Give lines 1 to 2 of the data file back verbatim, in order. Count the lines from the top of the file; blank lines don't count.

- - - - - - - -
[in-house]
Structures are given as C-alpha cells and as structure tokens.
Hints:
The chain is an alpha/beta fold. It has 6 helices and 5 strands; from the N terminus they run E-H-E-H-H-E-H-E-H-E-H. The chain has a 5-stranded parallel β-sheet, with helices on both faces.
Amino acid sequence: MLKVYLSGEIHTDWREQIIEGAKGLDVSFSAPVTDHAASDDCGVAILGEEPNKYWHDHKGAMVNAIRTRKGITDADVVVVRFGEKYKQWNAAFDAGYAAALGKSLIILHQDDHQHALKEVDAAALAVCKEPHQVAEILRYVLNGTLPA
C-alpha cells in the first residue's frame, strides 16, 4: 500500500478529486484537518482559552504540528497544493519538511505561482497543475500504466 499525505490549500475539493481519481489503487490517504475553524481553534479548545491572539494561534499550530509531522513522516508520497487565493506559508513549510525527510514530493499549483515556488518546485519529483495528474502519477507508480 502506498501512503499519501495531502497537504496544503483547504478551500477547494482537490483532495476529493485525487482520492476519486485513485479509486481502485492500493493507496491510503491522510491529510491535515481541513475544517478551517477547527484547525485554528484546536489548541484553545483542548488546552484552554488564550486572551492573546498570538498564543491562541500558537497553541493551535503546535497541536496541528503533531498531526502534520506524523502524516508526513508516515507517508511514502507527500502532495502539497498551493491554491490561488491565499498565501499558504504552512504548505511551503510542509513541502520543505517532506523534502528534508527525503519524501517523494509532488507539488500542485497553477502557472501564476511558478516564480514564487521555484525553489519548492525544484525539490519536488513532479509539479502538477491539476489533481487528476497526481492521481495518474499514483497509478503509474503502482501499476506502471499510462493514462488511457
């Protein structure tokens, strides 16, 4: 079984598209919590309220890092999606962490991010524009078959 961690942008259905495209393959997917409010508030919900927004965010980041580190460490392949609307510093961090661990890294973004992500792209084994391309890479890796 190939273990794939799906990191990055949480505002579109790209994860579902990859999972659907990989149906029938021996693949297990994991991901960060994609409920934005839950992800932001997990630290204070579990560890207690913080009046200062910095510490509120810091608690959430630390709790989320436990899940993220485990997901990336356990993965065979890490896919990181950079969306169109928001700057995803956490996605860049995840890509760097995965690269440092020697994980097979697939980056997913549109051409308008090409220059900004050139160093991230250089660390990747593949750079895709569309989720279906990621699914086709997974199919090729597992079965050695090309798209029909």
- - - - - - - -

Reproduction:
[in-house]
Structures are given as C-alpha cells and as structure tokens.